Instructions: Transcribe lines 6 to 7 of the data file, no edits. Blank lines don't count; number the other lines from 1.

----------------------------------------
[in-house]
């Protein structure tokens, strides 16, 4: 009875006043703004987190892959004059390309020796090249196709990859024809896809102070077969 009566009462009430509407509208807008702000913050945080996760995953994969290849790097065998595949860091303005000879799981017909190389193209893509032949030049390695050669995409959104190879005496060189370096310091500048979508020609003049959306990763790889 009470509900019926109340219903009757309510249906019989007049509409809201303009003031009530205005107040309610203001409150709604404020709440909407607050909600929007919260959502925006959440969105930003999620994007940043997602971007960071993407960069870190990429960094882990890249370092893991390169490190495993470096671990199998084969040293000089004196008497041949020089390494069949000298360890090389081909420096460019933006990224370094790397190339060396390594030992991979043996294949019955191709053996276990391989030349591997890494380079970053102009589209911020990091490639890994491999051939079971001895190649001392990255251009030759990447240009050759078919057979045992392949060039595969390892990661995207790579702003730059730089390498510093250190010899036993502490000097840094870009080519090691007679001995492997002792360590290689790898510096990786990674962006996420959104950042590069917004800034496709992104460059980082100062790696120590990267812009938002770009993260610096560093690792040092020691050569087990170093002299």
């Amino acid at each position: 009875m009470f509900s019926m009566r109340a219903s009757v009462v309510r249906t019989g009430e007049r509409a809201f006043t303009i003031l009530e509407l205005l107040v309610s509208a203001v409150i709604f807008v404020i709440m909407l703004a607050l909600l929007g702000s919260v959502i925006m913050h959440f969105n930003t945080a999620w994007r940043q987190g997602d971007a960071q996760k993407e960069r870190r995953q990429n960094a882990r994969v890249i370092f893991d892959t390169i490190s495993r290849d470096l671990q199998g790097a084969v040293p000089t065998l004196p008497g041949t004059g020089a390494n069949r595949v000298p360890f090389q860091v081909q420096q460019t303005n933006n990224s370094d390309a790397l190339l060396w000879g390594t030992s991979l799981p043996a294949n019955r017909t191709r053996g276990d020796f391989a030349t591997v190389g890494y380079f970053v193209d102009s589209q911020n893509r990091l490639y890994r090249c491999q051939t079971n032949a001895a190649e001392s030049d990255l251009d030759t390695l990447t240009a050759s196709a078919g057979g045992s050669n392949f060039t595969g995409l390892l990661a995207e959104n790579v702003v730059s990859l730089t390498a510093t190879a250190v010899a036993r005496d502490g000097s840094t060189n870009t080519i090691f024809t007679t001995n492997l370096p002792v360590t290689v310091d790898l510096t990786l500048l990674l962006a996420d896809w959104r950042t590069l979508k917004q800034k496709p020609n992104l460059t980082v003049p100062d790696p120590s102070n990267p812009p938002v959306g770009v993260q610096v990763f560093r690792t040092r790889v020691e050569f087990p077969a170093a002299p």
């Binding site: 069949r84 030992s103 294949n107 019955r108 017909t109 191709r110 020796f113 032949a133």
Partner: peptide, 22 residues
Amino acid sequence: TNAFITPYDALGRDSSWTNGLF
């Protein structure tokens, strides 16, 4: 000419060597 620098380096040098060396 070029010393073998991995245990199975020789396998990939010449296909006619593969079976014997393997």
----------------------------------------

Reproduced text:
Amino acid sequence: TNAFITPYDALGRDSSWTNGLF
């Protein structure tokens, strides 16, 4: 000419060597 620098380096040098060396 070029010393073998991995245990199975020789396998990939010449296909006619593969079976014997393997």